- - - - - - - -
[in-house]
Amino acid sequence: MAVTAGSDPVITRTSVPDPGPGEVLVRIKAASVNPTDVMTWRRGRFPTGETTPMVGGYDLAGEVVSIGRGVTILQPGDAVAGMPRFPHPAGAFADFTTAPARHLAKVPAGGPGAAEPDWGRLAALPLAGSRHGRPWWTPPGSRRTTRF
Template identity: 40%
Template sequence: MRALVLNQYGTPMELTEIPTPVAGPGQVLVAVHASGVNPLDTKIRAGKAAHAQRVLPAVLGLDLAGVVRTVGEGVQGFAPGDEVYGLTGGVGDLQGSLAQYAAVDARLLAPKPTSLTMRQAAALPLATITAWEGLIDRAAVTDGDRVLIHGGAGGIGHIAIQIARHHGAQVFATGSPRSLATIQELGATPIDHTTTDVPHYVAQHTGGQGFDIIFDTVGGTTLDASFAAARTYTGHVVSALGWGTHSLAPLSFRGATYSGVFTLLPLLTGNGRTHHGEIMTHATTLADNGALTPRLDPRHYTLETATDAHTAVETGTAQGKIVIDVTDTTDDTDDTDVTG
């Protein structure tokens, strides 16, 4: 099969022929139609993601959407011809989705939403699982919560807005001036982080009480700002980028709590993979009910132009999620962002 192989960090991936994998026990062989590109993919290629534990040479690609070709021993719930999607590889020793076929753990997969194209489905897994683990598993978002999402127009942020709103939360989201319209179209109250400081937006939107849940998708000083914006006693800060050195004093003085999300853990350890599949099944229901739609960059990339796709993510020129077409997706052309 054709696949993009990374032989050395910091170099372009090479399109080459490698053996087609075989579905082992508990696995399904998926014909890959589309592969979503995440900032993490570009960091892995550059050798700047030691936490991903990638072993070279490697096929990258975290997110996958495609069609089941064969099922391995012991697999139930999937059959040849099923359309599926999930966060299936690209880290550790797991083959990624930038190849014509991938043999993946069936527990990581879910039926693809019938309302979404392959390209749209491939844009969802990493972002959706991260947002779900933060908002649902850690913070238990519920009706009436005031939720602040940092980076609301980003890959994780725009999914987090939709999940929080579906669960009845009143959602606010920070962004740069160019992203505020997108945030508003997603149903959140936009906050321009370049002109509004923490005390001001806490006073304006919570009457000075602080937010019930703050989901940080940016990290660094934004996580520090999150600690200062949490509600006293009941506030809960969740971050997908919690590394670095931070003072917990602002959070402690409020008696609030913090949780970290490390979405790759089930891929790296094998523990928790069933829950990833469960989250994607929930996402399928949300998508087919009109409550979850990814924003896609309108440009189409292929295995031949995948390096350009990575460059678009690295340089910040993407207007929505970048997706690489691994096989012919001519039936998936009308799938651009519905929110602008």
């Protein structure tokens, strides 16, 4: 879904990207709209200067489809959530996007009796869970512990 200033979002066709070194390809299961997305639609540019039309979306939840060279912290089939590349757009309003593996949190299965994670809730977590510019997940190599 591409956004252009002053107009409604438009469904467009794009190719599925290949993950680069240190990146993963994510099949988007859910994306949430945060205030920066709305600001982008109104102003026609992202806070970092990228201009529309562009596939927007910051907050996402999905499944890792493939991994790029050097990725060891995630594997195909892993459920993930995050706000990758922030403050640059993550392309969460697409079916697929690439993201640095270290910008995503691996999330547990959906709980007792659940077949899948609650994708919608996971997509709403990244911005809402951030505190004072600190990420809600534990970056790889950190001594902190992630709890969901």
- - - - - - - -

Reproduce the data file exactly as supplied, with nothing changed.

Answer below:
[in-house]
Amino acid sequence: MAVTAGSDPVITRTSVPDPGPGEVLVRIKAASVNPTDVMTWRRGRFPTGETTPMVGGYDLAGEVVSIGRGVTILQPGDAVAGMPRFPHPAGAFADFTTAPARHLAKVPAGGPGAAEPDWGRLAALPLAGSRHGRPWWTPPGSRRTTRF
Template identity: 40%
Template sequence: MRALVLNQYGTPMELTEIPTPVAGPGQVLVAVHASGVNPLDTKIRAGKAAHAQRVLPAVLGLDLAGVVRTVGEGVQGFAPGDEVYGLTGGVGDLQGSLAQYAAVDARLLAPKPTSLTMRQAAALPLATITAWEGLIDRAAVTDGDRVLIHGGAGGIGHIAIQIARHHGAQVFATGSPRSLATIQELGATPIDHTTTDVPHYVAQHTGGQGFDIIFDTVGGTTLDASFAAARTYTGHVVSALGWGTHSLAPLSFRGATYSGVFTLLPLLTGNGRTHHGEIMTHATTLADNGALTPRLDPRHYTLETATDAHTAVETGTAQGKIVIDVTDTTDDTDDTDVTG
């Protein structure tokens, strides 16, 4: 099969022929139609993601959407011809989705939403699982919560807005001036982080009480700002980028709590993979009910132009999620962002 192989960090991936994998026990062989590109993919290629534990040479690609070709021993719930999607590889020793076929753990997969194209489905897994683990598993978002999402127009942020709103939360989201319209179209109250400081937006939107849940998708000083914006006693800060050195004093003085999300853990350890599949099944229901739609960059990339796709993510020129077409997706052309 054709696949993009990374032989050395910091170099372009090479399109080459490698053996087609075989579905082992508990696995399904998926014909890959589309592969979503995440900032993490570009960091892995550059050798700047030691936490991903990638072993070279490697096929990258975290997110996958495609069609089941064969099922391995012991697999139930999937059959040849099923359309599926999930966060299936690209880290550790797991083959990624930038190849014509991938043999993946069936527990990581879910039926693809019938309302979404392959390209749209491939844009969802990493972002959706991260947002779900933060908002649902850690913070238990519920009706009436005031939720602040940092980076609301980003890959994780725009999914987090939709999940929080579906669960009845009143959602606010920070962004740069160019992203505020997108945030508003997603149903959140936009906050321009370049002109509004923490005390001001806490006073304006919570009457000075602080937010019930703050989901940080940016990290660094934004996580520090999150600690200062949490509600006293009941506030809960969740971050997908919690590394670095931070003072917990602002959070402690409020008696609030913090949780970290490390979405790759089930891929790296094998523990928790069933829950990833469960989250994607929930996402399928949300998508087919009109409550979850990814924003896609309108440009189409292929295995031949995948390096350009990575460059678009690295340089910040993407207007929505970048997706690489691994096989012919001519039936998936009308799938651009519905929110602008």
């Protein structure tokens, strides 16, 4: 879904990207709209200067489809959530996007009796869970512990 200033979002066709070194390809299961997305639609540019039309979306939840060279912290089939590349757009309003593996949190299965994670809730977590510019997940190599 591409956004252009002053107009409604438009469904467009794009190719599925290949993950680069240190990146993963994510099949988007859910994306949430945060205030920066709305600001982008109104102003026609992202806070970092990228201009529309562009596939927007910051907050996402999905499944890792493939991994790029050097990725060891995630594997195909892993459920993930995050706000990758922030403050640059993550392309969460697409079916697929690439993201640095270290910008995503691996999330547990959906709980007792659940077949899948609650994708919608996971997509709403990244911005809402951030505190004072600190990420809600534990970056790889950190001594902190992630709890969901």